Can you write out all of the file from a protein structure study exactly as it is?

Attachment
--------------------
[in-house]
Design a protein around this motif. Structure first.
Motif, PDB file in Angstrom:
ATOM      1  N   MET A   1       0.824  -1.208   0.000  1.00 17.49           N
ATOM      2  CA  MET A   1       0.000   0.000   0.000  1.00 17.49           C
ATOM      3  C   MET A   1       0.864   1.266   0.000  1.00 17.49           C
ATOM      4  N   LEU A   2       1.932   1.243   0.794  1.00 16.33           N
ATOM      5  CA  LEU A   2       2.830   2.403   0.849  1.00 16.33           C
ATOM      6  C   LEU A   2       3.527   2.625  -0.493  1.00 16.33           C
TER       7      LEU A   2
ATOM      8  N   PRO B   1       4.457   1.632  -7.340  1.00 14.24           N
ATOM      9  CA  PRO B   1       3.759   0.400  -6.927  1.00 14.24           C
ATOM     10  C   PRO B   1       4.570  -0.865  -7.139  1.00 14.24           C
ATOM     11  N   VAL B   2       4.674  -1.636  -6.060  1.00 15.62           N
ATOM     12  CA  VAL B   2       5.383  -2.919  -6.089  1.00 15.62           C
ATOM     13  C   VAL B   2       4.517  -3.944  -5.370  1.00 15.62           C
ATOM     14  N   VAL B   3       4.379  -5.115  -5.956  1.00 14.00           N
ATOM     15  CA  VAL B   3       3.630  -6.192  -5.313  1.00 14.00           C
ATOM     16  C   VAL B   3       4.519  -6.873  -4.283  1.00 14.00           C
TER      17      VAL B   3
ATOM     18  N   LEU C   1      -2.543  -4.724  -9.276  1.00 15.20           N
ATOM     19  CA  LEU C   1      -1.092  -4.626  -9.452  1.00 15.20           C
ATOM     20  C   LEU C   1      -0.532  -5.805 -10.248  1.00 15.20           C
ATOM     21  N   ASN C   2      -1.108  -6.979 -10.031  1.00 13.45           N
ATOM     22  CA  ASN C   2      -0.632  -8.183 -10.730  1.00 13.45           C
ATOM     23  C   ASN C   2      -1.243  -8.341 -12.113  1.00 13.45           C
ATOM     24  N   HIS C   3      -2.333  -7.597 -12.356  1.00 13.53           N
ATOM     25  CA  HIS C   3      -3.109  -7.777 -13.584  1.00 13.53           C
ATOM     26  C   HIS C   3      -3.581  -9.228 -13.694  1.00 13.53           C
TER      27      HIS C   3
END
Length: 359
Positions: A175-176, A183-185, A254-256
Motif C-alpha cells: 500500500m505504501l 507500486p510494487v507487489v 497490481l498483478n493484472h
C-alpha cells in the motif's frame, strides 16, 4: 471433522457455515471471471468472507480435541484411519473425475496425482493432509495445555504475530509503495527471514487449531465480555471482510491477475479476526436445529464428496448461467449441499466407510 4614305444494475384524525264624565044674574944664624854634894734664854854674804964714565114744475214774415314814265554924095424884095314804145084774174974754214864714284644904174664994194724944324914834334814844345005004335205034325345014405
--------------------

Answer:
[in-house]
Design a protein around this motif. Structure first.
Motif, PDB file in Angstrom:
ATOM      1  N   MET A   1       0.824  -1.208   0.000  1.00 17.49           N
ATOM      2  CA  MET A   1       0.000   0.000   0.000  1.00 17.49           C
ATOM      3  C   MET A   1       0.864   1.266   0.000  1.00 17.49           C
ATOM      4  N   LEU A   2       1.932   1.243   0.794  1.00 16.33           N
ATOM      5  CA  LEU A   2       2.830   2.403   0.849  1.00 16.33           C
ATOM      6  C   LEU A   2       3.527   2.625  -0.493  1.00 16.33           C
TER       7      LEU A   2
ATOM      8  N   PRO B   1       4.457   1.632  -7.340  1.00 14.24           N
ATOM      9  CA  PRO B   1       3.759   0.400  -6.927  1.00 14.24           C
ATOM     10  C   PRO B   1       4.570  -0.865  -7.139  1.00 14.24           C
ATOM     11  N   VAL B   2       4.674  -1.636  -6.060  1.00 15.62           N
ATOM     12  CA  VAL B   2       5.383  -2.919  -6.089  1.00 15.62           C
ATOM     13  C   VAL B   2       4.517  -3.944  -5.370  1.00 15.62           C
ATOM     14  N   VAL B   3       4.379  -5.115  -5.956  1.00 14.00           N
ATOM     15  CA  VAL B   3       3.630  -6.192  -5.313  1.00 14.00           C
ATOM     16  C   VAL B   3       4.519  -6.873  -4.283  1.00 14.00           C
TER      17      VAL B   3
ATOM     18  N   LEU C   1      -2.543  -4.724  -9.276  1.00 15.20           N
ATOM     19  CA  LEU C   1      -1.092  -4.626  -9.452  1.00 15.20           C
ATOM     20  C   LEU C   1      -0.532  -5.805 -10.248  1.00 15.20           C
ATOM     21  N   ASN C   2      -1.108  -6.979 -10.031  1.00 13.45           N
ATOM     22  CA  ASN C   2      -0.632  -8.183 -10.730  1.00 13.45           C
ATOM     23  C   ASN C   2      -1.243  -8.341 -12.113  1.00 13.45           C
ATOM     24  N   HIS C   3      -2.333  -7.597 -12.356  1.00 13.53           N
ATOM     25  CA  HIS C   3      -3.109  -7.777 -13.584  1.00 13.53           C
ATOM     26  C   HIS C   3      -3.581  -9.228 -13.694  1.00 13.53           C
TER      27      HIS C   3
END
Length: 359
Positions: A175-176, A183-185, A254-256
Motif C-alpha cells: 500500500m505504501l 507500486p510494487v507487489v 497490481l498483478n493484472h
C-alpha cells in the motif's frame, strides 16, 4: 471433522457455515471471471468472507480435541484411519473425475496425482493432509495445555504475530509503495527471514487449531465480555471482510491477475479476526436445529464428496448461467449441499466407510 4614305444494475384524525264624565044674574944664624854634894734664854854674804964714565114744475214774415314814265554924095424884095314804145084774174974754214864714284644904174664994194724944324914834334814844345005004335205034325345014405